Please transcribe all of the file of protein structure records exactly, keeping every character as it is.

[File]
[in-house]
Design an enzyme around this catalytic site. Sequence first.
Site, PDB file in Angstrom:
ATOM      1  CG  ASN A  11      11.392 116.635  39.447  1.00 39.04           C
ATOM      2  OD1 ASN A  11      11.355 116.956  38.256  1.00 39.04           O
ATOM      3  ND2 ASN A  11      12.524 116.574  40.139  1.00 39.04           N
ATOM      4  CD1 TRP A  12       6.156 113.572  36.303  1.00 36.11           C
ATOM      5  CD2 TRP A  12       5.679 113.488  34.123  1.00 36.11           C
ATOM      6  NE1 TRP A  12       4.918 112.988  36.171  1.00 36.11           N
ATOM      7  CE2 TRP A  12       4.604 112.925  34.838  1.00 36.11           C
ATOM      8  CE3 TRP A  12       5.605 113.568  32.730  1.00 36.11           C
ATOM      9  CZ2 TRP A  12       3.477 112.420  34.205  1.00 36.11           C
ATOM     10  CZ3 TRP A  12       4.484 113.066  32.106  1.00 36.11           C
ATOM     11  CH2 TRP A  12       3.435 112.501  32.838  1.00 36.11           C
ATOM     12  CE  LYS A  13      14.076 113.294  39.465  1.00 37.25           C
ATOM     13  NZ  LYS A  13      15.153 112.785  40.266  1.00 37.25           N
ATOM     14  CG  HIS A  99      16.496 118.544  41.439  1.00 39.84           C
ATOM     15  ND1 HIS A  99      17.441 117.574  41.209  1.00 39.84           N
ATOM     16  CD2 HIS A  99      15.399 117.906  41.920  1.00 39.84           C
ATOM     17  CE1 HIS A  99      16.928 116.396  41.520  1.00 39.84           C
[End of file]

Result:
[in-house]
Design an enzyme around this catalytic site. Sequence first.
Site, PDB file in Angstrom:
ATOM      1  CG  ASN A  11      11.392 116.635  39.447  1.00 39.04           C
ATOM      2  OD1 ASN A  11      11.355 116.956  38.256  1.00 39.04           O
ATOM      3  ND2 ASN A  11      12.524 116.574  40.139  1.00 39.04           N
ATOM      4  CD1 TRP A  12       6.156 113.572  36.303  1.00 36.11           C
ATOM      5  CD2 TRP A  12       5.679 113.488  34.123  1.00 36.11           C
ATOM      6  NE1 TRP A  12       4.918 112.988  36.171  1.00 36.11           N
ATOM      7  CE2 TRP A  12       4.604 112.925  34.838  1.00 36.11           C
ATOM      8  CE3 TRP A  12       5.605 113.568  32.730  1.00 36.11           C
ATOM      9  CZ2 TRP A  12       3.477 112.420  34.205  1.00 36.11           C
ATOM     10  CZ3 TRP A  12       4.484 113.066  32.106  1.00 36.11           C
ATOM     11  CH2 TRP A  12       3.435 112.501  32.838  1.00 36.11           C
ATOM     12  CE  LYS A  13      14.076 113.294  39.465  1.00 37.25           C
ATOM     13  NZ  LYS A  13      15.153 112.785  40.266  1.00 37.25           N
ATOM     14  CG  HIS A  99      16.496 118.544  41.439  1.00 39.84           C
ATOM     15  ND1 HIS A  99      17.441 117.574  41.209  1.00 39.84           N
ATOM     16  CD2 HIS A  99      15.399 117.906  41.920  1.00 39.84           C
ATOM     17  CE1 HIS A  99      16.928 116.396  41.520  1.00 39.84           C